To determine *where* along the dashed orange line, all you have to do is measure the angle
between the moon and the sun, from your perspective. Point to the moon with one hand and the sun with
the other, and estimate the angle between your arms. Then, on the diagram, measure out the same
angle and extend a line from
you toward the sun. Draw the sun where that line intersects the dashed orange line.

If you actually try this procedure, though, you'll find that the angle is indistinguishable from 90°.
It has to be slightly less, of course, but you can't tell how *much* less because it's
impossible to tell when the moon is *exactly* half full. But you can see, at least, that
since the angle is close to 90°, the sun must be *many* times farther away than the moon.

Aristarchus wrote that the angle between the half-moon and the sun was 87°, and from
this, estimated that the sun is about 19 times as far away as the moon. What he probably should
have said is that the sun is *at least* 19 times as far away. And since the sun and moon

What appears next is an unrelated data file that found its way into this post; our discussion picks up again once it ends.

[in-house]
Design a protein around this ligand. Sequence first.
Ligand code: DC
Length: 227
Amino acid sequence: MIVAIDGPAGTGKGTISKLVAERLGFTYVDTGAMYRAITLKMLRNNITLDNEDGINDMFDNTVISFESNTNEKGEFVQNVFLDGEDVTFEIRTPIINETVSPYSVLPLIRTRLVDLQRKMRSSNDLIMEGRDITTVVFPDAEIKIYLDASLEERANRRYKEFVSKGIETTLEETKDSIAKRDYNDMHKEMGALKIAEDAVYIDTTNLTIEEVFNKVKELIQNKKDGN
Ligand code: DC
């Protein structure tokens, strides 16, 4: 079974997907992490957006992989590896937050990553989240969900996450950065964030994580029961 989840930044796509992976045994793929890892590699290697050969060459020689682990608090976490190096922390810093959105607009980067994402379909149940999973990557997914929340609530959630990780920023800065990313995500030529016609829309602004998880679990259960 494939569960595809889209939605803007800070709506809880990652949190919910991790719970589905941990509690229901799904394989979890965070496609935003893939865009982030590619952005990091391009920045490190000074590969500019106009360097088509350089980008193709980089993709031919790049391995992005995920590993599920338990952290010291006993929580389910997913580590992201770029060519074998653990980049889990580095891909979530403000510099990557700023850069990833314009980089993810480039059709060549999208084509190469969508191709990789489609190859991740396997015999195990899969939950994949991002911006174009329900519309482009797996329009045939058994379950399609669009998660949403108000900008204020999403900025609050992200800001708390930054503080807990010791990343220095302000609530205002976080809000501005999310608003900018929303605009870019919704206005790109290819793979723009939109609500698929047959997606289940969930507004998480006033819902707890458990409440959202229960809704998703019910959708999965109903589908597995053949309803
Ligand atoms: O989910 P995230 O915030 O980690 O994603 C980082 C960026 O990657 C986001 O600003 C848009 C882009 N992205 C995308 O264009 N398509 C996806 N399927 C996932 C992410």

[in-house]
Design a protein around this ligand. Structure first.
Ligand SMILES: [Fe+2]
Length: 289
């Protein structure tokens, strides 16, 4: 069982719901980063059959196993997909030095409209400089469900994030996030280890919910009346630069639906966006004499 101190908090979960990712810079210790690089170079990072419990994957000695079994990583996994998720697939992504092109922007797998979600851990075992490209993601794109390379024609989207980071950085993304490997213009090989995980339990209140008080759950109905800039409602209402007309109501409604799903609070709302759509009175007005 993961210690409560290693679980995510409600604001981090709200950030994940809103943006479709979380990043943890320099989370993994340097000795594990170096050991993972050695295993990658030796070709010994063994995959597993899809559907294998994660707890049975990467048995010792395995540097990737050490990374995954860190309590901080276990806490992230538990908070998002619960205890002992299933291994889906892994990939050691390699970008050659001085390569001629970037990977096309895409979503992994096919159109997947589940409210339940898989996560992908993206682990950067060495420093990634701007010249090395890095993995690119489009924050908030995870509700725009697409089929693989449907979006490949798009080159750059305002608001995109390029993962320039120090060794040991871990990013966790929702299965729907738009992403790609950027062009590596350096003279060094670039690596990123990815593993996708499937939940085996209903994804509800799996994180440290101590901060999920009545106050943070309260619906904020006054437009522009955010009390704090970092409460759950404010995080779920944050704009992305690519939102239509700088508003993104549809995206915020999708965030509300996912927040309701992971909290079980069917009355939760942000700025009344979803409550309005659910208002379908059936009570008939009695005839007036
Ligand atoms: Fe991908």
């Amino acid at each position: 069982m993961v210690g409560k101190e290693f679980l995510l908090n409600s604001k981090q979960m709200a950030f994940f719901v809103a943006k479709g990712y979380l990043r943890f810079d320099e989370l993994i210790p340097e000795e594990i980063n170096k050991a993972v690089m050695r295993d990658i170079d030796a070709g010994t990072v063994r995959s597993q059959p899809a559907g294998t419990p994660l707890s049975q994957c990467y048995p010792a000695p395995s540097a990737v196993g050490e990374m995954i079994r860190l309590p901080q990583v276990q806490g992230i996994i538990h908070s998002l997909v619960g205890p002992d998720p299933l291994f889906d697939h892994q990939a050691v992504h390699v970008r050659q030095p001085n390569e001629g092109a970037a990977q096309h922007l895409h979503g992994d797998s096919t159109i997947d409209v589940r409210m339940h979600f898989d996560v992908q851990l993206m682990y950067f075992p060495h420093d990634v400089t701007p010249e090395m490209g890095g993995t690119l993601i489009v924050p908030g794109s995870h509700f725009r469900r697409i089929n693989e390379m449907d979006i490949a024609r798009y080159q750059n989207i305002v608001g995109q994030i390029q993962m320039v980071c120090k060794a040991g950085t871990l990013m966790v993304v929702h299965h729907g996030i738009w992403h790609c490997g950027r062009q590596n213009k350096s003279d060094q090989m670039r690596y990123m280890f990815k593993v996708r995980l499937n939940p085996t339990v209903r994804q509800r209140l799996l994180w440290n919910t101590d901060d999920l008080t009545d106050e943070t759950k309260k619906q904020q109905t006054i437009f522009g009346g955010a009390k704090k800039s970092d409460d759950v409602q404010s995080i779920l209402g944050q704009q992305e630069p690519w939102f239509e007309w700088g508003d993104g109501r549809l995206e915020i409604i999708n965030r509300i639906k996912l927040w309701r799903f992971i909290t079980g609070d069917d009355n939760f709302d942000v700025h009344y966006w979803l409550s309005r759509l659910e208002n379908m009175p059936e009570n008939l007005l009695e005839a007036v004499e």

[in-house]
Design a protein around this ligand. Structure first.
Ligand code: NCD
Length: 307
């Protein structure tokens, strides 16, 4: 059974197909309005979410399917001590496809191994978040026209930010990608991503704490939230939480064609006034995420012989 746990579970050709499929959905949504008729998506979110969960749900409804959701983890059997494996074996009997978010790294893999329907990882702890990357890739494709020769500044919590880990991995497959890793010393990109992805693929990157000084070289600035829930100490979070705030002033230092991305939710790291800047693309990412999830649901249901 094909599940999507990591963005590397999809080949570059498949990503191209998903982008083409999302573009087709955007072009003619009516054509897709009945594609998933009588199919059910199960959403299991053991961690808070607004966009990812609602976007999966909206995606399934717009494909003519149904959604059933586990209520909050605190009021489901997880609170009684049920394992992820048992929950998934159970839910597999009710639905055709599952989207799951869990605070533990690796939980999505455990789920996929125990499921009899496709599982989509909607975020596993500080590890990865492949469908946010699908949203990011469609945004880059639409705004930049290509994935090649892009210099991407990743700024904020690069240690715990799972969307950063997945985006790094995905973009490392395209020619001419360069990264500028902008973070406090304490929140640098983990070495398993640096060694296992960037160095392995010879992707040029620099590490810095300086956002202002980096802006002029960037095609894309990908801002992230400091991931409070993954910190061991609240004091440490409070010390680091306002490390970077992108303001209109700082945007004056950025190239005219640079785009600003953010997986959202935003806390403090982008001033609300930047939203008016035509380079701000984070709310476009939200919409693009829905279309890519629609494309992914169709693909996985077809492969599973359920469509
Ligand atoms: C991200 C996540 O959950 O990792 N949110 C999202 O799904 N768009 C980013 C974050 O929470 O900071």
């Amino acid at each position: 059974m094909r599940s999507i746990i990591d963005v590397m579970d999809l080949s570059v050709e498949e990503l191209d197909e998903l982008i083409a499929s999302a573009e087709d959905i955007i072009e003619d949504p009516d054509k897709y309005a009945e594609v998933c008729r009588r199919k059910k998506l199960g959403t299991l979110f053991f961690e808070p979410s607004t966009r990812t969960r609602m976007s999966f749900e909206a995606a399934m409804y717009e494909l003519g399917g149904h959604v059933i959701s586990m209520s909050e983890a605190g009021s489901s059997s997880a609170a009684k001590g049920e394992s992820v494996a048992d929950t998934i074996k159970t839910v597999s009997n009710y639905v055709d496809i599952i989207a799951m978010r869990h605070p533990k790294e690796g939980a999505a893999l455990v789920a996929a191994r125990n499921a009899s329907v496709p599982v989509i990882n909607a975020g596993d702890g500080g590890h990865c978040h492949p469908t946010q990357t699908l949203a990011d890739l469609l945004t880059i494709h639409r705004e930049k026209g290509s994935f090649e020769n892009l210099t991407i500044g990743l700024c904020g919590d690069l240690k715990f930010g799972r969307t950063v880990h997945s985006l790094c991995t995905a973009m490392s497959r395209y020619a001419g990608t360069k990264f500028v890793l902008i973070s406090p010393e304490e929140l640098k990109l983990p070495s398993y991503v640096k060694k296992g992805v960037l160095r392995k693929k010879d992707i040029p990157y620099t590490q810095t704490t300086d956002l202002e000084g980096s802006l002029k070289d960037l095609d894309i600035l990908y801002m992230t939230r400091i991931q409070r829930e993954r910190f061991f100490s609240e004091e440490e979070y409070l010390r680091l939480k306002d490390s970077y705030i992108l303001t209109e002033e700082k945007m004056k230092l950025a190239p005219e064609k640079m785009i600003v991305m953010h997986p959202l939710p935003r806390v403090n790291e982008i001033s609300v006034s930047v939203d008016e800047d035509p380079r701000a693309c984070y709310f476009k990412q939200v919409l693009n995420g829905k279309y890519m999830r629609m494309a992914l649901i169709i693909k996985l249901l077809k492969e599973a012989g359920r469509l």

have about the same angular size, this means that the sun's true diameter is at least 19 times that
of the moon. Thus, Aristarchus was able to prove that the sun must be much
bigger than the earth—a result that must have been hard for anyone to believe at the time.

We now know that the sun is almost 400 times as far away as the moon—an even more astonishing
result. Because this distance is so large, nobody was able to measure it until after the invention
of the telescope, 1900 years after the time of Aristarchus. But even without a telescope,
*you* can use the method of Aristarchus to see that the sun must be many times farther away
than the moon. Next time you see a half-full moon, look at where the sun is and then try to visualize
them in three dimensions!

**Question:** Suppose you see a half-full moon in the southern sky, about
half-way between the horizon and zenith. As you look toward it, the illuminated half is
on the right. What time of day or night is it?

Copyright ©2010-2011 Daniel V. Schroeder. Some rights reserved.